There is concern that TSA agents are not getting the right training in doing a professional intimate pat-down. Sawyer says he that as he tried to explain his condition to the TSA agents it became obvious that they were not listening. He described the pat down as rough, so much so that the cap on the urostomy bag came off, spilling urine.
He didn't get any kind of recognition or apology for the mistake. He had to face the prospect of walking through the airport in full view of everyone in his urine-drenched clothing.
Sawyer said he was in tears as he boarded his plane to Orlando. After the pat-down he had managed to change his urine bag, but not his clothes, due to lack of time. He got on the plane all wet, he said.
"People who use a urostomy to collect urine, our biggest nightmare is that in public something will happen, my nightmare came true."
Late last week a breast cancer survivor was being patted down by a female agent at Charlotte's Douglas International Airport whose hand stopped on her bra and asked her what it was. She explained it was a breast prosthesis. The agent said she needed to see it and forced the lady to take it out of her bra and show it to her.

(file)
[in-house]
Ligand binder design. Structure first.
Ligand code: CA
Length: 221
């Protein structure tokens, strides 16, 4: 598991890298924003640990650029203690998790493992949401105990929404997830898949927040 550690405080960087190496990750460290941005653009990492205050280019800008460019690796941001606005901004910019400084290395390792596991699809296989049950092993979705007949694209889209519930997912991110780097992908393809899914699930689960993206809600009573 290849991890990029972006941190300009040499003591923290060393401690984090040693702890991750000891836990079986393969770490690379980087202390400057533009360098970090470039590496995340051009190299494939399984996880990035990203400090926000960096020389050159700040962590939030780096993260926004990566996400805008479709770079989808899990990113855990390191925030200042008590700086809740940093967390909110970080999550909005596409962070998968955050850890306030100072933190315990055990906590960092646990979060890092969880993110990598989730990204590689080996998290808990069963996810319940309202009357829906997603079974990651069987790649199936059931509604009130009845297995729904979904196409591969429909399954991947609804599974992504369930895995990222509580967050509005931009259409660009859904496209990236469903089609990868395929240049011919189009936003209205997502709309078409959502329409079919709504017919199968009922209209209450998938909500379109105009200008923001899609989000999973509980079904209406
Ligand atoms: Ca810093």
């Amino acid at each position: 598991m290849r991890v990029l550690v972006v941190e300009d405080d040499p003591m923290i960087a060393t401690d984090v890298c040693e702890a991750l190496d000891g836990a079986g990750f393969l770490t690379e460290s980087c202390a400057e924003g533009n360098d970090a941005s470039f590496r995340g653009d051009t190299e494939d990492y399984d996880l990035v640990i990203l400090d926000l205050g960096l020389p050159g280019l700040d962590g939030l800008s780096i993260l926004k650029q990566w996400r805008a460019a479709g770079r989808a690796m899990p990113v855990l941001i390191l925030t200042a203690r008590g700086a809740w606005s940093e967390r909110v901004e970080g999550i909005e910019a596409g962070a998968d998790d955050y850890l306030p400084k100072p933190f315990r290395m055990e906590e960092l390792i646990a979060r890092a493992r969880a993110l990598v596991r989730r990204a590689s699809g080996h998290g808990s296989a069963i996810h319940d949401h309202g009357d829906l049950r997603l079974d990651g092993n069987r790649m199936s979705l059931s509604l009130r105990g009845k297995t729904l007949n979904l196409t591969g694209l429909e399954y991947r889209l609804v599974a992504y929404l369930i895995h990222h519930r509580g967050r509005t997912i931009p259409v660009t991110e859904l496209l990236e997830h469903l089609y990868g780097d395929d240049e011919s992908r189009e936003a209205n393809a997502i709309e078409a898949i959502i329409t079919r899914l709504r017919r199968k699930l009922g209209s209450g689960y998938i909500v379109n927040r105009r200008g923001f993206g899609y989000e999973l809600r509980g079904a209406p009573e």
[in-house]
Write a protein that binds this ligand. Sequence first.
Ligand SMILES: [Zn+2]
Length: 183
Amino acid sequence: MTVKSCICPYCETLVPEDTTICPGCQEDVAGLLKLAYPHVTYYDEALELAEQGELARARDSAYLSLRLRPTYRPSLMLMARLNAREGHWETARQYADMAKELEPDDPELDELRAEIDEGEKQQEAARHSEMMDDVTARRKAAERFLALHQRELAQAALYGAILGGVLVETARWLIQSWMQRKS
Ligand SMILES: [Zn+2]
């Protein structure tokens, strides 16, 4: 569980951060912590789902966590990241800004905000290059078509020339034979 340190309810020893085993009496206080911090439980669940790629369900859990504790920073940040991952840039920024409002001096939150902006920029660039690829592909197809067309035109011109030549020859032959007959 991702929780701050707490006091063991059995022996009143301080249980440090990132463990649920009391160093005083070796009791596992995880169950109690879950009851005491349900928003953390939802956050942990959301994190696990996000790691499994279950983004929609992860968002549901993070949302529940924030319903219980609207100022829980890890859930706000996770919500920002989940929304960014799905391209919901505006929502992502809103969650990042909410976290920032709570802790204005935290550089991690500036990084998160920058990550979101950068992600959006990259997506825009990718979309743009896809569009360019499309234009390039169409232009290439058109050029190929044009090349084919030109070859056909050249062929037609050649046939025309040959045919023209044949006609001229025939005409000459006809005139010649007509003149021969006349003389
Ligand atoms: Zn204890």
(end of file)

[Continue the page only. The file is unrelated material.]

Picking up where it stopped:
In both cases the agents were described as rough and clumsy.
At Newark Liberty International Airport a female TSA agent managed to get her hand inside a passenger's panties. The passenger later said "The woman who checked me reached her hands inside my underwear and felt her way around. It was basically worse than going to the gynecologist. It was embarrassing. It was demeaning. It was inappropriate."
While some have wondered about the quality of training TSA staff are getting for these pat-downs, others are beginning to question the suitability of some people for such intimate procedures, suggesting that a new type of employee psychological screening should be introduced.
Pistole told Fox News in an interview:
"What I agreed to do is to look at how we can do this type of screening and do it less invasively. That has been the request (and) I'm open to doing that.
A challenge we face is how do we best provide security while respecting the privacy of everybody, but the bottom line is we know everybody wants to get home safely so how can we work in partnership with the traveling public to accomplish that"